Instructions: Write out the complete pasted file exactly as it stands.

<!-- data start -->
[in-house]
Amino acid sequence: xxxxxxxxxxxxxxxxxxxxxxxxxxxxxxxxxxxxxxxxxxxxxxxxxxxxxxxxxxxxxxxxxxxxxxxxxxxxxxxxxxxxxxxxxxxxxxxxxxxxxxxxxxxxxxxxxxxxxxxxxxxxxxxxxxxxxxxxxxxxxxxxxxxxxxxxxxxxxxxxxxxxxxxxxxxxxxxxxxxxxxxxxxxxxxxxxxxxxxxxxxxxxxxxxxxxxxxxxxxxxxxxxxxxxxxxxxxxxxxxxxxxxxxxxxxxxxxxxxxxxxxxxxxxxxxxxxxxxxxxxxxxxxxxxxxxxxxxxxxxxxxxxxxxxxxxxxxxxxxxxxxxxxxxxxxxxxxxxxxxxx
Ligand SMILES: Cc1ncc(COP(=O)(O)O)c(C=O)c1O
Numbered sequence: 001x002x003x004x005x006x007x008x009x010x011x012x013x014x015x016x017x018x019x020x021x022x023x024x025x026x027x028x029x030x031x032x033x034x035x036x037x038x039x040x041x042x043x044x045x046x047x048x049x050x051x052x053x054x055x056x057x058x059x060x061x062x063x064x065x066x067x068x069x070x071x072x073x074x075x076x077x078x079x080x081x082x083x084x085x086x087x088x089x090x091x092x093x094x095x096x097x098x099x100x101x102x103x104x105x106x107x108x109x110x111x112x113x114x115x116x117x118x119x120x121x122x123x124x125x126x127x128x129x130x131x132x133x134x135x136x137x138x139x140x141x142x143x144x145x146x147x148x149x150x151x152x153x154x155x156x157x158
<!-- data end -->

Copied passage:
[in-house]
Amino acid sequence: xxxxxxxxxxxxxxxxxxxxxxxxxxxxxxxxxxxxxxxxxxxxxxxxxxxxxxxxxxxxxxxxxxxxxxxxxxxxxxxxxxxxxxxxxxxxxxxxxxxxxxxxxxxxxxxxxxxxxxxxxxxxxxxxxxxxxxxxxxxxxxxxxxxxxxxxxxxxxxxxxxxxxxxxxxxxxxxxxxxxxxxxxxxxxxxxxxxxxxxxxxxxxxxxxxxxxxxxxxxxxxxxxxxxxxxxxxxxxxxxxxxxxxxxxxxxxxxxxxxxxxxxxxxxxxxxxxxxxxxxxxxxxxxxxxxxxxxxxxxxxxxxxxxxxxxxxxxxxxxxxxxxxxxxxxxxxxxxxxxxxx
Ligand SMILES: Cc1ncc(COP(=O)(O)O)c(C=O)c1O
Numbered sequence: 001x002x003x004x005x006x007x008x009x010x011x012x013x014x015x016x017x018x019x020x021x022x023x024x025x026x027x028x029x030x031x032x033x034x035x036x037x038x039x040x041x042x043x044x045x046x047x048x049x050x051x052x053x054x055x056x057x058x059x060x061x062x063x064x065x066x067x068x069x070x071x072x073x074x075x076x077x078x079x080x081x082x083x084x085x086x087x088x089x090x091x092x093x094x095x096x097x098x099x100x101x102x103x104x105x106x107x108x109x110x111x112x113x114x115x116x117x118x119x120x121x122x123x124x125x126x127x128x129x130x131x132x133x134x135x136x137x138x139x140x141x142x143x144x145x146x147x148x149x150x151x152x153x154x155x156x157x158